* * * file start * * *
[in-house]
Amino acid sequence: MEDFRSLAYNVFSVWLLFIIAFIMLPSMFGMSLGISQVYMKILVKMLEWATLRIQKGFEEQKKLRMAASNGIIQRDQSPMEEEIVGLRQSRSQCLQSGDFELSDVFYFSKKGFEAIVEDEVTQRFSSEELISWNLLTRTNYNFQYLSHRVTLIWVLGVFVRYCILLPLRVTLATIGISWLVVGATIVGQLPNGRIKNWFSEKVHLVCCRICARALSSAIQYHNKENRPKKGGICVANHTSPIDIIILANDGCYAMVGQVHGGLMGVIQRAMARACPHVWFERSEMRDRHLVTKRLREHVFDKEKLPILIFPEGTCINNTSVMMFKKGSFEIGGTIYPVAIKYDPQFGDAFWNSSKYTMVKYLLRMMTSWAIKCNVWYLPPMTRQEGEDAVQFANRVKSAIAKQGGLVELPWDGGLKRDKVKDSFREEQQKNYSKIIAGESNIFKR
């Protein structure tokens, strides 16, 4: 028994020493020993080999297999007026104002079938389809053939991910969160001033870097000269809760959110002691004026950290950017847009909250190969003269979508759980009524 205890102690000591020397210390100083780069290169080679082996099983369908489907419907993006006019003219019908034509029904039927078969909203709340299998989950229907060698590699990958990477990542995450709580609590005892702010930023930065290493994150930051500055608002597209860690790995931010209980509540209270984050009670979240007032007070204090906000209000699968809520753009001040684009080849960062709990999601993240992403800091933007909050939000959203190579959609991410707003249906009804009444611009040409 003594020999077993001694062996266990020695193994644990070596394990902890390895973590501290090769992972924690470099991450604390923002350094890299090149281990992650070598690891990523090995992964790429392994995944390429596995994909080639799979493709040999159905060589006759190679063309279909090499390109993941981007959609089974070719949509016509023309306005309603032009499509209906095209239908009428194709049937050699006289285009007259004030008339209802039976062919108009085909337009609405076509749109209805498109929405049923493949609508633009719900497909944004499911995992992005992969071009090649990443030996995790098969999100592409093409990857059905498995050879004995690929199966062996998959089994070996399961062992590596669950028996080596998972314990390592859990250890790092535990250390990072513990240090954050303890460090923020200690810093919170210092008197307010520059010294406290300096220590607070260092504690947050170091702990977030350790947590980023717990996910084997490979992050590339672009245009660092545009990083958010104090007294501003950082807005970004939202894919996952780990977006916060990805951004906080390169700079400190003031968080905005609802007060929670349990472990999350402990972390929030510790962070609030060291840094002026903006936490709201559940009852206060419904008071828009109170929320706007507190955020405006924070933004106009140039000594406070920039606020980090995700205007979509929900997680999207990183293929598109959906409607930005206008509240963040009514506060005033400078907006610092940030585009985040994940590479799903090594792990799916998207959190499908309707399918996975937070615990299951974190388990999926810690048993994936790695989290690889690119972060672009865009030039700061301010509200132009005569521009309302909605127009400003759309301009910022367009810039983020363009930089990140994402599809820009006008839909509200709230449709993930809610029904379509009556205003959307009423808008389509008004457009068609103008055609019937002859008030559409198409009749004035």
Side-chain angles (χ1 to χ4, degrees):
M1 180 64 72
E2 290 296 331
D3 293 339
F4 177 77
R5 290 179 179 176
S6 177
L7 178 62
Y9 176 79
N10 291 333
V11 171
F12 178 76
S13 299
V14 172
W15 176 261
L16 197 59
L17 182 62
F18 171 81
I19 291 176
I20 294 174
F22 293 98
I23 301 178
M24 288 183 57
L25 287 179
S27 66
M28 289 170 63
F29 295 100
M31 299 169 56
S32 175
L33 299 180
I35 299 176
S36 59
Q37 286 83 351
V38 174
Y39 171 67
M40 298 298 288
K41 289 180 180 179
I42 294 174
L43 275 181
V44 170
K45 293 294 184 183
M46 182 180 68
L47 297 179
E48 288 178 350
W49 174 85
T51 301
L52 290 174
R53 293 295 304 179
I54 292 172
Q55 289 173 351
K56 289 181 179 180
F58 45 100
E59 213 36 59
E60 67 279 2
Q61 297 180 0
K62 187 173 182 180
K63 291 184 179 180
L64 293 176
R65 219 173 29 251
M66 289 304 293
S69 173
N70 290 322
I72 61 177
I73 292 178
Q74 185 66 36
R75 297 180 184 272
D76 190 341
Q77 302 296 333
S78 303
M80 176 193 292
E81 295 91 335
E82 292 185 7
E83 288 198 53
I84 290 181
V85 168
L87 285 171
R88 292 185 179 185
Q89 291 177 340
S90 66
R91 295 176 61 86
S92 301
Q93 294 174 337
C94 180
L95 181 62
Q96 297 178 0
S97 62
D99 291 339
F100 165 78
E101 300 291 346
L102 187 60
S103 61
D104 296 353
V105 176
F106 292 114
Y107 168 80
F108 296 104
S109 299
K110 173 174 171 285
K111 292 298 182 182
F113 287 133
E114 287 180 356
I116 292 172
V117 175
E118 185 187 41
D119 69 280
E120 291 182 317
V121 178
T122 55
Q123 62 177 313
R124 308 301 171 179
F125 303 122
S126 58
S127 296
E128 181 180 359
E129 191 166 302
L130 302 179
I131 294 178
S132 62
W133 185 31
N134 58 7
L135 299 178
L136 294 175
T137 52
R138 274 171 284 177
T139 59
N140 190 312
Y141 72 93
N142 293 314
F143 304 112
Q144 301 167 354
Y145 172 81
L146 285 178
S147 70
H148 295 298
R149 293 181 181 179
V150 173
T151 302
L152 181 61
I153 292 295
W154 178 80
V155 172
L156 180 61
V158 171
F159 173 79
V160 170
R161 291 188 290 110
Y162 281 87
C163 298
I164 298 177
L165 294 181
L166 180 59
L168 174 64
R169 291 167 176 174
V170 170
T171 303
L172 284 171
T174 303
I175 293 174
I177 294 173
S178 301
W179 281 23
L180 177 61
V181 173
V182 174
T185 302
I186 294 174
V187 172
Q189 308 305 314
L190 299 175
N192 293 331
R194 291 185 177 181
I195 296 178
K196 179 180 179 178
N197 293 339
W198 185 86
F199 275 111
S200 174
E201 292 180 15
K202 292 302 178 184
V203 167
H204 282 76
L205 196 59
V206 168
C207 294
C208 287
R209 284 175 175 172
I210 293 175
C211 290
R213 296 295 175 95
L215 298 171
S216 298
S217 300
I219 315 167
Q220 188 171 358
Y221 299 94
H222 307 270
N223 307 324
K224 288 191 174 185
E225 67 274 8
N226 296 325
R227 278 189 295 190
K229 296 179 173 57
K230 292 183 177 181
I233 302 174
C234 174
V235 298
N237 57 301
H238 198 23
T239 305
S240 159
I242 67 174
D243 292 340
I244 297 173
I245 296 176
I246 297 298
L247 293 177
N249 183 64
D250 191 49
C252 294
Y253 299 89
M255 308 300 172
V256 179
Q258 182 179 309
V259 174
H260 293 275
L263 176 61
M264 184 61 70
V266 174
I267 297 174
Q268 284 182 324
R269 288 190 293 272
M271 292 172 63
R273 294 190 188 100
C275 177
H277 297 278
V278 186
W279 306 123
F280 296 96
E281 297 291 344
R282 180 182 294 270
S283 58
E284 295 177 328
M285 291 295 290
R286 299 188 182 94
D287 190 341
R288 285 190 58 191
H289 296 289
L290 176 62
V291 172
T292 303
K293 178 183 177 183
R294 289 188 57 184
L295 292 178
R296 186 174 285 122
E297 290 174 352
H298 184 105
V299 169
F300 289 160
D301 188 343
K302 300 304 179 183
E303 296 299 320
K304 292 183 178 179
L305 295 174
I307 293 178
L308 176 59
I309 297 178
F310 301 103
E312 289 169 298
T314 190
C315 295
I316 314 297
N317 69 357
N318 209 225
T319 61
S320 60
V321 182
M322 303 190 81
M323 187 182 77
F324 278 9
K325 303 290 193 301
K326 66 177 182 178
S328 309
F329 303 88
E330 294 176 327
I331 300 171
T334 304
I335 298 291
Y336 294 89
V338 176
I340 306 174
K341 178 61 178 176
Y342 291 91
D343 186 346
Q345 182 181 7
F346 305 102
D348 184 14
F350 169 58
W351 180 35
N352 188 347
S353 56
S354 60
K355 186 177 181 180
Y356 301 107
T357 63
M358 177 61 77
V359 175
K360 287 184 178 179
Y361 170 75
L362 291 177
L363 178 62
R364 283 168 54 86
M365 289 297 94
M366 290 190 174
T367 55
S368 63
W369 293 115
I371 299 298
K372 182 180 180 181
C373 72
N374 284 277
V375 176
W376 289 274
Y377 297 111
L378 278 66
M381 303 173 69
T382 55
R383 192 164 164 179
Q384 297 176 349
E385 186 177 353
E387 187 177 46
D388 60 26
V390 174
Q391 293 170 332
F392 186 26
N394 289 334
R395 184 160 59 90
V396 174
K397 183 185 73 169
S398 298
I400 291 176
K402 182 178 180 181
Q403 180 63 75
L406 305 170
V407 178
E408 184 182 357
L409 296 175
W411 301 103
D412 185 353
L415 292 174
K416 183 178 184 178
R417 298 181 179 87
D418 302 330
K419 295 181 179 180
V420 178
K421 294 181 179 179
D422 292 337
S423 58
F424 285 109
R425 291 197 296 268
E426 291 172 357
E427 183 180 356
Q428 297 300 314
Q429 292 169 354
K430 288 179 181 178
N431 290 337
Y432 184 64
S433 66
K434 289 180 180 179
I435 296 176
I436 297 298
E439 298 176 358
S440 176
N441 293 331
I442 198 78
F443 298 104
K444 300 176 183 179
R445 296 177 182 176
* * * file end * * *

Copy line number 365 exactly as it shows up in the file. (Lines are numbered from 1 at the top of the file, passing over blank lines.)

Q428 297 300 314